Booby-trapped Word documents in the wild exploit critical Microsoft 0day. There’s currently no patch for the bug, which affects most or all versions of Word.

Booby-trapped Word documents in the wild exploit critical Microsoft 0day

There’s currently no patch for the bug, which affects most or all versions of Word.



Security experts are reporting that Microsoft will patch the vulnerability on Tuesday. In the meantime, users can block
code-execution exploits by adding the following to their Windows registry: Software\Microsoft\Office\15.0\Word\Security\FileBlock\RtfFiles to 2 and OpenInProtectedView to 0. What follows is the report as it was published on Saturday.
There's a new zeroday attack in the wild that's surreptitiously installing malware on fully-patched computers. It does so by exploiting a vulnerability in most or all versions of Microsoft Word.
The attack starts with an e-mail that attaches a malicious 
Word document, according to a blog post published Saturday by researchers from security firm FireEye. Once opened, exploit code concealed inside the document connects to an attacker-controlled server. It downloads a maliciousHTML application file that's disguised to look like a document created in Microsoft's Rich Text Format. Behind the scenes, the .hta file downloads additional payloads from "different well-known malware families."
The attack is notable for several reasons. First, it bypasses most exploit mitigations: This capability allows it to work even against Windows 10, which security experts widely agree is Microsoft's most secure operating system to date. Second, unlike the vast majority of the Word exploits seen in the wild over the past few years, this new attack doesn't require targets to enable macros. Last, before terminating, the exploit opens a decoy Word document in an attempt to hide any sign of the attack that just happened.
The zeroday attacks were first reported Friday evening by researchers from security firm McAfee. In a blog post, they wrote:
"The exploit connects to a remote server (controlled by the attacker), downloads a file that contains HTML application content, and executes it as an .hta file. Because .hta is executable, the attacker gains full code execution on the victim's machine. Thus, this is a logical bug [that] gives the attackers the power to bypass any memory-based mitigations developed by Microsoft. The following is a part of the communications we captured:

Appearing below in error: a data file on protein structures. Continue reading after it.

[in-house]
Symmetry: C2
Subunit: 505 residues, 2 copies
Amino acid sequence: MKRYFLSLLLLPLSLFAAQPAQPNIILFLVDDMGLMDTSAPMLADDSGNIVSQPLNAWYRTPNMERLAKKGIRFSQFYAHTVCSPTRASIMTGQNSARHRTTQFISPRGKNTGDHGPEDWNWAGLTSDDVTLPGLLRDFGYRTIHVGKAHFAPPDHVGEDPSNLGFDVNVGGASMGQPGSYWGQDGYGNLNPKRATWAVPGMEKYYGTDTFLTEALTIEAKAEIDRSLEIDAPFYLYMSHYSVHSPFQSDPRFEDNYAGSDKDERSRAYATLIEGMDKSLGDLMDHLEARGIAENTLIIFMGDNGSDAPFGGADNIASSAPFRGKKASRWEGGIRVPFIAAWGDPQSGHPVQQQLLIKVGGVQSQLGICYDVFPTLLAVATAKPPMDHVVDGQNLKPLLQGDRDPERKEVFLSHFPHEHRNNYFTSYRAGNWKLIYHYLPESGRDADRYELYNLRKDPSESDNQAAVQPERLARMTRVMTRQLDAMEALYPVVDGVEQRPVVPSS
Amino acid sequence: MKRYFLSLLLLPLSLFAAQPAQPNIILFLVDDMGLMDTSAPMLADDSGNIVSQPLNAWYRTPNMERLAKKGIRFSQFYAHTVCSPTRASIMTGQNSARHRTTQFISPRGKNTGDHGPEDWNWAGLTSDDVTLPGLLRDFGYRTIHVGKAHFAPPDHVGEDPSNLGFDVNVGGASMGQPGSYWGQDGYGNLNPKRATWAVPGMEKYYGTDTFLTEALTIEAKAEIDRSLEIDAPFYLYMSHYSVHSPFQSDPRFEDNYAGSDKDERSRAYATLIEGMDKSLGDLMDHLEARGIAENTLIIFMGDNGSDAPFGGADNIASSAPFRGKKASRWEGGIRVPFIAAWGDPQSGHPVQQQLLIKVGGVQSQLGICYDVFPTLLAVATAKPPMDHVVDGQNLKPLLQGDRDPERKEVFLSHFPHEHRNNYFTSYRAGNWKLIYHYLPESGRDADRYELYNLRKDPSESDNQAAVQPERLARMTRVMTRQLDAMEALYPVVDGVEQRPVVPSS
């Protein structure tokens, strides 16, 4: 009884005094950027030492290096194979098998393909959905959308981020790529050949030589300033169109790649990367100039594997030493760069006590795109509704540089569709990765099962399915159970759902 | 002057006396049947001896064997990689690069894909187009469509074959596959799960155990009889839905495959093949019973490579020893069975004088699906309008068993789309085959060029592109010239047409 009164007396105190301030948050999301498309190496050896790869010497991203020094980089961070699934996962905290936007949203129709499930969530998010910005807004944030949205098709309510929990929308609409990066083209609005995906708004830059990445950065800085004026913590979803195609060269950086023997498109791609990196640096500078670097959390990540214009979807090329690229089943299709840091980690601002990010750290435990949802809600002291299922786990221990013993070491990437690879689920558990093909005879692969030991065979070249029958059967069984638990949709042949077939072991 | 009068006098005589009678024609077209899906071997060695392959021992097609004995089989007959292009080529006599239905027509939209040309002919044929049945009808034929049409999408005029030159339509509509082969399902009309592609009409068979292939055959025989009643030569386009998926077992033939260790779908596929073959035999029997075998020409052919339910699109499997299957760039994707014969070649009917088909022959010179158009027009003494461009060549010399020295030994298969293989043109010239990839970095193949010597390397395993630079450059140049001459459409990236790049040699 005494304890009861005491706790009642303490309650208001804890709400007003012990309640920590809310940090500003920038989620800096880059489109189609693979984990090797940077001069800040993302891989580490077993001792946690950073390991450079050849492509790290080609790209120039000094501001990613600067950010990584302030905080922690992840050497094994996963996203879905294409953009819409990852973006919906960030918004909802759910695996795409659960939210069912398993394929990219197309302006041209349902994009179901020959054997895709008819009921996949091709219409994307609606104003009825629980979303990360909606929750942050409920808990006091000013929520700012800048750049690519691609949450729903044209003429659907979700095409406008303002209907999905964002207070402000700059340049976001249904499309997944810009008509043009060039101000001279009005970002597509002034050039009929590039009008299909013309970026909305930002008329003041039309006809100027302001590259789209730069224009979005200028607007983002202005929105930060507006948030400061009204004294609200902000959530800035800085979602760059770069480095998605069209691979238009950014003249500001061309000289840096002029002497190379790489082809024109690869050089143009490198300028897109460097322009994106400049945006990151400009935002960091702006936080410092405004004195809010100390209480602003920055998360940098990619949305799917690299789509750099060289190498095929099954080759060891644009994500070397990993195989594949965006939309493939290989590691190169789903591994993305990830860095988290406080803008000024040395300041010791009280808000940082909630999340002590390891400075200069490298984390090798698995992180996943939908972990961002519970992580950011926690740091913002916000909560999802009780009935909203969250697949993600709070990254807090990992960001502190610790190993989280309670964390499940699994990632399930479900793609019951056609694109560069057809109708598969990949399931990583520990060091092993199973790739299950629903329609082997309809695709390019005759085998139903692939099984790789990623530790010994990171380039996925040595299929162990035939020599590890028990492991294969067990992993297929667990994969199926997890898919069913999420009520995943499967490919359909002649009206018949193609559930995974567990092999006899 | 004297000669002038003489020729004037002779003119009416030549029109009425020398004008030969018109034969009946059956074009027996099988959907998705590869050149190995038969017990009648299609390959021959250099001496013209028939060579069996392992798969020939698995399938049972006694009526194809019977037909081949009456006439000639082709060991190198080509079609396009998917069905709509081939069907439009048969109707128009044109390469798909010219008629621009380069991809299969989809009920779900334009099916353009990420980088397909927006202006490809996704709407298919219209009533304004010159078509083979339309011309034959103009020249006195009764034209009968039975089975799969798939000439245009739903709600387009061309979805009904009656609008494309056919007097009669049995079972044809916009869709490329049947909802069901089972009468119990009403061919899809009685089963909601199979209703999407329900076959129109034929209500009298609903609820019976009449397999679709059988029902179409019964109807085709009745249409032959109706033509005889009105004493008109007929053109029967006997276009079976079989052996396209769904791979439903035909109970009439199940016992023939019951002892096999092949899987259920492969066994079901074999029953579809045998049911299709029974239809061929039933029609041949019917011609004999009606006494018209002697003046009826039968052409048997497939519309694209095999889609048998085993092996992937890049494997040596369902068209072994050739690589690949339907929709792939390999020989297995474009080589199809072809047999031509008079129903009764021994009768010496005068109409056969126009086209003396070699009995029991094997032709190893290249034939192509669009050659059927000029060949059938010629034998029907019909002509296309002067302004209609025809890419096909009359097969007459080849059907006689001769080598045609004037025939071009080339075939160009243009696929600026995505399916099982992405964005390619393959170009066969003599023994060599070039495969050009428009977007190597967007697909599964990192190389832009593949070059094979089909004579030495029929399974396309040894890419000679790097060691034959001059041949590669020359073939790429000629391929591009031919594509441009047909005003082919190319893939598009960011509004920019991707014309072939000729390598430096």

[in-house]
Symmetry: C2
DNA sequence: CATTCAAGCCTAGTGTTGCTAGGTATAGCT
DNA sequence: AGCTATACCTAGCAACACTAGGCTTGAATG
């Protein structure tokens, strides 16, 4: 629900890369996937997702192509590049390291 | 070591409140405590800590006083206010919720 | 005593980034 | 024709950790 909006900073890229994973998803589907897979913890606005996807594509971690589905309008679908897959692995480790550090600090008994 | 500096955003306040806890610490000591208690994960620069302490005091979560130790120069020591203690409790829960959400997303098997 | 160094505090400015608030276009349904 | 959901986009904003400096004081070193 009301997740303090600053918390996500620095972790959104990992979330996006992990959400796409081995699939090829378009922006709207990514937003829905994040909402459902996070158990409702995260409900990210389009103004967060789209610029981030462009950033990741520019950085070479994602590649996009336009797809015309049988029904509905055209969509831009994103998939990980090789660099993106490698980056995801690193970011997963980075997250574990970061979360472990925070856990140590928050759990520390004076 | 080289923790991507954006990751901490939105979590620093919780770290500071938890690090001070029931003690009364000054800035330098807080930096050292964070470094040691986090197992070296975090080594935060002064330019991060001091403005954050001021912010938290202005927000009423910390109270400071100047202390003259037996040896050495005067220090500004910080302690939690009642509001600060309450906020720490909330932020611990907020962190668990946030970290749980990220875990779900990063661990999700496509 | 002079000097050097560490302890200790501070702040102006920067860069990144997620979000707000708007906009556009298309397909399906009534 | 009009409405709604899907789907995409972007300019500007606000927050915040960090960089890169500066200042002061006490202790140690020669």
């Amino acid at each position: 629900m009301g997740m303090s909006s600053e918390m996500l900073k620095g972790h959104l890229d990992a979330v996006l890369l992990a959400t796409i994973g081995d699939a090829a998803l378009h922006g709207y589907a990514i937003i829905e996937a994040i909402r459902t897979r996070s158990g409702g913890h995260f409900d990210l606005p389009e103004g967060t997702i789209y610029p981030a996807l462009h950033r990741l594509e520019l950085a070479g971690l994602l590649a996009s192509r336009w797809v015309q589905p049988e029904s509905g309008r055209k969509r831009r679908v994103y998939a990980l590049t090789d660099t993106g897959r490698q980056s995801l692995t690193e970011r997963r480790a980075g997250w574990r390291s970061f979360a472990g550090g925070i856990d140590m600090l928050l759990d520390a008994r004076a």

The successful exploit closes the bait Word document and pops up a fake one to show the victim. In the background, the malware has already been stealthily installed on the victim's system.
The root cause of the zeroday vulnerability is related to the Windows Object Linking and Embedding (OLE), an important feature of Office. (Check our Black Hat USA 2015presentation in which we examine the attack surface of this feature.)
FireEye researchers said they have been communicating with Microsoft about the vulnerability for several weeks and had agreed not to publicly disclose it pending the release of a patch. FireEye later decided to publish Saturday's blog post after McAfee disclosed vulnerability details. McAfee, meanwhile, said the earliest attack its researchers are aware of dates back to January. Microsoft's next scheduled release of security updates is this Tuesday.
Zeroday attacks are typically served only on select individuals, such as those who work for a government contractor, a government agency, or a similar organization that's attractive to nation-sponsored hackers. Still, it's not uncommon for such attacks to be visited on larger populations once the underlying zeroday vulnerability becomes public knowledge.
People should be highly suspicious of any Word document that arrives in an e-mail, even if the sender is well known. The attacks observed by McAfee are unable to work when a booby-trapped document is viewed in an Office feature known as Protected View. Those who choose to open an attached Word document should exercise extreme caution before disabling Protected View. There's no word yet if use of Microsoft's Enhanced Mitigation Experience Toolkit prevents the exploit from working.
Original arstechnica.com thread: 

1 comments:

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